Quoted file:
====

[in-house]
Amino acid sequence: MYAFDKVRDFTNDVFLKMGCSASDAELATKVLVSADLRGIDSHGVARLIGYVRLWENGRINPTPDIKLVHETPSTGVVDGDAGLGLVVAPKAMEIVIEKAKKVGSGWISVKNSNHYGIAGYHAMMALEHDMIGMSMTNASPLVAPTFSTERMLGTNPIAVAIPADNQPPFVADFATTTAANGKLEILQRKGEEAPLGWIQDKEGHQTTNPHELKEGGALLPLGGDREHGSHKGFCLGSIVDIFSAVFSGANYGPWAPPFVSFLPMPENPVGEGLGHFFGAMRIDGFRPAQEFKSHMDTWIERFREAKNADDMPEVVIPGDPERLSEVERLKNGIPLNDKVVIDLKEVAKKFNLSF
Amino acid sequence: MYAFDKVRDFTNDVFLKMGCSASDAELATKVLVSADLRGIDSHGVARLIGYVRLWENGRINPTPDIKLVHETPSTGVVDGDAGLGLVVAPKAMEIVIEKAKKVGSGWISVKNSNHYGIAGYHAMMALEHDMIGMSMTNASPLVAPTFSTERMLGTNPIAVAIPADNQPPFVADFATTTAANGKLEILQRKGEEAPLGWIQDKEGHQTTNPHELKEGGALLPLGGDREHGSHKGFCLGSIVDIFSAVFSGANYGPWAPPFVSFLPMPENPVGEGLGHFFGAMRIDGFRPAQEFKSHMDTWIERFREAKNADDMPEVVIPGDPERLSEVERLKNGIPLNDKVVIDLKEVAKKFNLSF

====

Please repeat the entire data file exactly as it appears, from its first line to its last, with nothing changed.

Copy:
[in-house]
Amino acid sequence: MYAFDKVRDFTNDVFLKMGCSASDAELATKVLVSADLRGIDSHGVARLIGYVRLWENGRINPTPDIKLVHETPSTGVVDGDAGLGLVVAPKAMEIVIEKAKKVGSGWISVKNSNHYGIAGYHAMMALEHDMIGMSMTNASPLVAPTFSTERMLGTNPIAVAIPADNQPPFVADFATTTAANGKLEILQRKGEEAPLGWIQDKEGHQTTNPHELKEGGALLPLGGDREHGSHKGFCLGSIVDIFSAVFSGANYGPWAPPFVSFLPMPENPVGEGLGHFFGAMRIDGFRPAQEFKSHMDTWIERFREAKNADDMPEVVIPGDPERLSEVERLKNGIPLNDKVVIDLKEVAKKFNLSF
Amino acid sequence: MYAFDKVRDFTNDVFLKMGCSASDAELATKVLVSADLRGIDSHGVARLIGYVRLWENGRINPTPDIKLVHETPSTGVVDGDAGLGLVVAPKAMEIVIEKAKKVGSGWISVKNSNHYGIAGYHAMMALEHDMIGMSMTNASPLVAPTFSTERMLGTNPIAVAIPADNQPPFVADFATTTAANGKLEILQRKGEEAPLGWIQDKEGHQTTNPHELKEGGALLPLGGDREHGSHKGFCLGSIVDIFSAVFSGANYGPWAPPFVSFLPMPENPVGEGLGHFFGAMRIDGFRPAQEFKSHMDTWIERFREAKNADDMPEVVIPGDPERLSEVERLKNGIPLNDKVVIDLKEVAKKFNLSF